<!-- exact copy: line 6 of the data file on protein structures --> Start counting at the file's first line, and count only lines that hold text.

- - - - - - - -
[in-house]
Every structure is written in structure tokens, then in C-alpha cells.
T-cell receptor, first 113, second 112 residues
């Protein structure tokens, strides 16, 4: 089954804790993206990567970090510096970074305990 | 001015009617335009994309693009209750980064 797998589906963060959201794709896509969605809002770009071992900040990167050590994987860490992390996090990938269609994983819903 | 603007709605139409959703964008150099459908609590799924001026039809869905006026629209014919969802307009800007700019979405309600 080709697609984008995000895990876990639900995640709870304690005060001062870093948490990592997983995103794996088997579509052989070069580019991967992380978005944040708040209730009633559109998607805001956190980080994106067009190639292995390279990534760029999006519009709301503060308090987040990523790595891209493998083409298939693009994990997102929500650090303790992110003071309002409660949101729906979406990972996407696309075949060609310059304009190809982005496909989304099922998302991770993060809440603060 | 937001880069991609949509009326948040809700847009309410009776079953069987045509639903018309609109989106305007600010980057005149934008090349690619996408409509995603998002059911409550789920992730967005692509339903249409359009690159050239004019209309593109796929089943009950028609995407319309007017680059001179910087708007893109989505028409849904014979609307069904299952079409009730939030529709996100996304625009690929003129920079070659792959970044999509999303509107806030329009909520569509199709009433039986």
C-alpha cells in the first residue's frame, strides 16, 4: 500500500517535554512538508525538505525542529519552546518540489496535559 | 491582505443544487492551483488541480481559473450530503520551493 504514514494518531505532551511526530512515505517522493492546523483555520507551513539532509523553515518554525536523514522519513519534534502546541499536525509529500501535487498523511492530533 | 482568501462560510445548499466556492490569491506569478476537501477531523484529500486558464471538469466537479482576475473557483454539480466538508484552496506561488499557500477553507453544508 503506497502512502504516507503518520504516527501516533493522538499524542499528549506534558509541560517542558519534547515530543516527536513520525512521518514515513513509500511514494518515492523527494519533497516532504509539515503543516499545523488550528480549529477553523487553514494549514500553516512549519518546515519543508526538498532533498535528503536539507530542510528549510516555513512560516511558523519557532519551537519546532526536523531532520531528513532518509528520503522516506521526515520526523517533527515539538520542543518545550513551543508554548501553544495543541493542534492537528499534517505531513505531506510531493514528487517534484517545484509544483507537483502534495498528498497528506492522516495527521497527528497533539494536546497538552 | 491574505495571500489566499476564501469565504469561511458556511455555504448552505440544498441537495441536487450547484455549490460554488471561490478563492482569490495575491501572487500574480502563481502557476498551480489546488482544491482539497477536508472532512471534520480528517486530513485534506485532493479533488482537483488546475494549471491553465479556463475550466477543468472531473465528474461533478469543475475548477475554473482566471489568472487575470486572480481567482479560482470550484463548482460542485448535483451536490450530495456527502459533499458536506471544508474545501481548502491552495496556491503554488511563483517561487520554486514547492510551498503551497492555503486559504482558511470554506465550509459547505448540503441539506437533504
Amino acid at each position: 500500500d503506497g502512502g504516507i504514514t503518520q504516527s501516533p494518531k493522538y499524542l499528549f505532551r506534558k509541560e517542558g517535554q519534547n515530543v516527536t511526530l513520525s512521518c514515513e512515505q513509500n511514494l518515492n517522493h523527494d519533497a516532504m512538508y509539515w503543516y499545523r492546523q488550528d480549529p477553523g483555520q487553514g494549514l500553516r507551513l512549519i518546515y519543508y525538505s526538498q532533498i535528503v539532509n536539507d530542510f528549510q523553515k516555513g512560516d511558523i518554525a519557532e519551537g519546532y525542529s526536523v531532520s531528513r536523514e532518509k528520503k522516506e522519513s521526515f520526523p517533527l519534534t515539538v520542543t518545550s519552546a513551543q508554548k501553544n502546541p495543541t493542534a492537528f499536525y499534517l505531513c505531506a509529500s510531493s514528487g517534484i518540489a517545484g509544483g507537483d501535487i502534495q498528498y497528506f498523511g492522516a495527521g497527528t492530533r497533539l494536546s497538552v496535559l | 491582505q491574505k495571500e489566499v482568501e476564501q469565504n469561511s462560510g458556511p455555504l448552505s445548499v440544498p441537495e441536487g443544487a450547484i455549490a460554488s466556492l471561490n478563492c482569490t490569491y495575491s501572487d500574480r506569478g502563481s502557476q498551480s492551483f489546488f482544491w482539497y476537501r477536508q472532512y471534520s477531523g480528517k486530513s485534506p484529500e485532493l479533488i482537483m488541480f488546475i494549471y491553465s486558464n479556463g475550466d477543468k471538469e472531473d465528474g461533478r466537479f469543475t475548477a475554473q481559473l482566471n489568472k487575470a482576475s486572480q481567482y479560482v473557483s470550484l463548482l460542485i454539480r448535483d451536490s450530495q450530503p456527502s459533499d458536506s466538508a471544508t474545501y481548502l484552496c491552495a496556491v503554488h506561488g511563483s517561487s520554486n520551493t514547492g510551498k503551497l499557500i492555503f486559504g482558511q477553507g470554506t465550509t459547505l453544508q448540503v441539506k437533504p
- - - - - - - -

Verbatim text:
Amino acid at each position: 500500500d503506497g502512502g504516507i504514514t503518520q504516527s501516533p494518531k493522538y499524542l499528549f505532551r506534558k509541560e517542558g517535554q519534547n515530543v516527536t511526530l513520525s512521518c514515513e512515505q513509500n511514494l518515492n517522493h523527494d519533497a516532504m512538508y509539515w503543516y499545523r492546523q488550528d480549529p477553523g483555520q487553514g494549514l500553516r507551513l512549519i518546515y519543508y525538505s526538498q532533498i535528503v539532509n536539507d530542510f528549510q523553515k516555513g512560516d511558523i518554525a519557532e519551537g519546532y525542529s526536523v531532520s531528513r536523514e532518509k528520503k522516506e522519513s521526515f520526523p517533527l519534534t515539538v520542543t518545550s519552546a513551543q508554548k501553544n502546541p495543541t493542534a492537528f499536525y499534517l505531513c505531506a509529500s510531493s514528487g517534484i518540489a517545484g509544483g507537483d501535487i502534495q498528498y497528506f498523511g492522516a495527521g497527528t492530533r497533539l494536546s497538552v496535559l | 491582505q491574505k495571500e489566499v482568501e476564501q469565504n469561511s462560510g458556511p455555504l448552505s445548499v440544498p441537495e441536487g443544487a450547484i455549490a460554488s466556492l471561490n478563492c482569490t490569491y495575491s501572487d500574480r506569478g502563481s502557476q498551480s492551483f489546488f482544491w482539497y476537501r477536508q472532512y471534520s477531523g480528517k486530513s485534506p484529500e485532493l479533488i482537483m488541480f488546475i494549471y491553465s486558464n479556463g475550466d477543468k471538469e472531473d465528474g461533478r466537479f469543475t475548477a475554473q481559473l482566471n489568472k487575470a482576475s486572480q481567482y479560482v473557483s470550484l463548482l460542485i454539480r448535483d451536490s450530495q450530503p456527502s459533499d458536506s466538508a471544508t474545501y481548502l484552496c491552495a496556491v503554488h506561488g511563483s517561487s520554486n520551493t514547492g510551498k503551497l499557500i492555503f486559504g482558511q477553507g470554506t465550509t459547505l453544508q448540503v441539506k437533504p